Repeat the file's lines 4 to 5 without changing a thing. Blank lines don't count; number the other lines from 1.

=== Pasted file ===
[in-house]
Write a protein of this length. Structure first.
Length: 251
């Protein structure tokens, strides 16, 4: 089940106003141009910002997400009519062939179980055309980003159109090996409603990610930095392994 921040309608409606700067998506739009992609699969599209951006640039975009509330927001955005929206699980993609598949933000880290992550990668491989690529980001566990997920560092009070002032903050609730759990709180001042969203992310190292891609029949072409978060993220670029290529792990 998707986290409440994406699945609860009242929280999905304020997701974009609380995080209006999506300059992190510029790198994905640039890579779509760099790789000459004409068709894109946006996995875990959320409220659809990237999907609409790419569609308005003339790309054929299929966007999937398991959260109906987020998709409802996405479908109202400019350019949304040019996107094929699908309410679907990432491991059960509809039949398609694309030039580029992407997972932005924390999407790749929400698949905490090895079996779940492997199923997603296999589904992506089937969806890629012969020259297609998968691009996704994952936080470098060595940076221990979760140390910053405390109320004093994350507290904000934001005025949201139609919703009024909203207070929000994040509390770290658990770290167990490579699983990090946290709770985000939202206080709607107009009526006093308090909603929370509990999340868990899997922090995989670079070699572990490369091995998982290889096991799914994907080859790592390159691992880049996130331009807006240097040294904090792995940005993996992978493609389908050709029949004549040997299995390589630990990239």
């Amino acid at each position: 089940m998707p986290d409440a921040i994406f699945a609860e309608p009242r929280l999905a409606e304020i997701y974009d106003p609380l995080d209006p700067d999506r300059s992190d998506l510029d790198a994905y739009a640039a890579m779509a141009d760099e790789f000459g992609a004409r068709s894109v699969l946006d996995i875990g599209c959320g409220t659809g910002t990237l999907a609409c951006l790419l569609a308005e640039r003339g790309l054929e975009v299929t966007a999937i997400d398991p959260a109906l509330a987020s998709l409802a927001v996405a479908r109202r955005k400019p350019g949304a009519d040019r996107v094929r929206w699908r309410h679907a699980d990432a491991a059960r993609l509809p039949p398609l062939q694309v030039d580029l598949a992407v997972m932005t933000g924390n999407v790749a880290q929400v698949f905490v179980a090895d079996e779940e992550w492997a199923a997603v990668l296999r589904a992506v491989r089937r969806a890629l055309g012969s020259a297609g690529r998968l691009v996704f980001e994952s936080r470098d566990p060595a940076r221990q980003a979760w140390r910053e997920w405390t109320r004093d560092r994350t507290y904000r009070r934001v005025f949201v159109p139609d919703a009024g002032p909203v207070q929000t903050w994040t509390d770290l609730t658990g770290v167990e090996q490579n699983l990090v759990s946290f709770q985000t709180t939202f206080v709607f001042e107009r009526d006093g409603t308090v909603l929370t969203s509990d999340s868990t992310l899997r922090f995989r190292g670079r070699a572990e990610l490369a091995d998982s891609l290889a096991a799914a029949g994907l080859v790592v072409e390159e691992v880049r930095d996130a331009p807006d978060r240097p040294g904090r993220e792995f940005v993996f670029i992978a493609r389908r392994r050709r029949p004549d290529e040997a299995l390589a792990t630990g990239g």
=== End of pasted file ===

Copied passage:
């Protein structure tokens, strides 16, 4: 089940106003141009910002997400009519062939179980055309980003159109090996409603990610930095392994 921040309608409606700067998506739009992609699969599209951006640039975009509330927001955005929206699980993609598949933000880290992550990668491989690529980001566990997920560092009070002032903050609730759990709180001042969203992310190292891609029949072409978060993220670029290529792990 998707986290409440994406699945609860009242929280999905304020997701974009609380995080209006999506300059992190510029790198994905640039890579779509760099790789000459004409068709894109946006996995875990959320409220659809990237999907609409790419569609308005003339790309054929299929966007999937398991959260109906987020998709409802996405479908109202400019350019949304040019996107094929699908309410679907990432491991059960509809039949398609694309030039580029992407997972932005924390999407790749929400698949905490090895079996779940492997199923997603296999589904992506089937969806890629012969020259297609998968691009996704994952936080470098060595940076221990979760140390910053405390109320004093994350507290904000934001005025949201139609919703009024909203207070929000994040509390770290658990770290167990490579699983990090946290709770985000939202206080709607107009009526006093308090909603929370509990999340868990899997922090995989670079070699572990490369091995998982290889096991799914994907080859790592390159691992880049996130331009807006240097040294904090792995940005993996992978493609389908050709029949004549040997299995390589630990990239």
């Amino acid at each position: 089940m998707p986290d409440a921040i994406f699945a609860e309608p009242r929280l999905a409606e304020i997701y974009d106003p609380l995080d209006p700067d999506r300059s992190d998506l510029d790198a994905y739009a640039a890579m779509a141009d760099e790789f000459g992609a004409r068709s894109v699969l946006d996995i875990g599209c959320g409220t659809g910002t990237l999907a609409c951006l790419l569609a308005e640039r003339g790309l054929e975009v299929t966007a999937i997400d398991p959260a109906l509330a987020s998709l409802a927001v996405a479908r109202r955005k400019p350019g949304a009519d040019r996107v094929r929206w699908r309410h679907a699980d990432a491991a059960r993609l509809p039949p398609l062939q694309v030039d580029l598949a992407v997972m932005t933000g924390n999407v790749a880290q929400v698949f905490v179980a090895d079996e779940e992550w492997a199923a997603v990668l296999r589904a992506v491989r089937r969806a890629l055309g012969s020259a297609g690529r998968l691009v996704f980001e994952s936080r470098d566990p060595a940076r221990q980003a979760w140390r910053e997920w405390t109320r004093d560092r994350t507290y904000r009070r934001v005025f949201v159109p139609d919703a009024g002032p909203v207070q929000t903050w994040t509390d770290l609730t658990g770290v167990e090996q490579n699983l990090v759990s946290f709770q985000t709180t939202f206080v709607f001042e107009r009526d006093g409603t308090v909603l929370t969203s509990d999340s868990t992310l899997r922090f995989r190292g670079r070699a572990e990610l490369a091995d998982s891609l290889a096991a799914a029949g994907l080859v790592v072409e390159e691992v880049r930095d996130a331009p807006d978060r240097p040294g904090r993220e792995f940005v993996f670029i992978a493609r389908r392994r050709r029949p004549d290529e040997a299995l390589a792990t630990g990239g």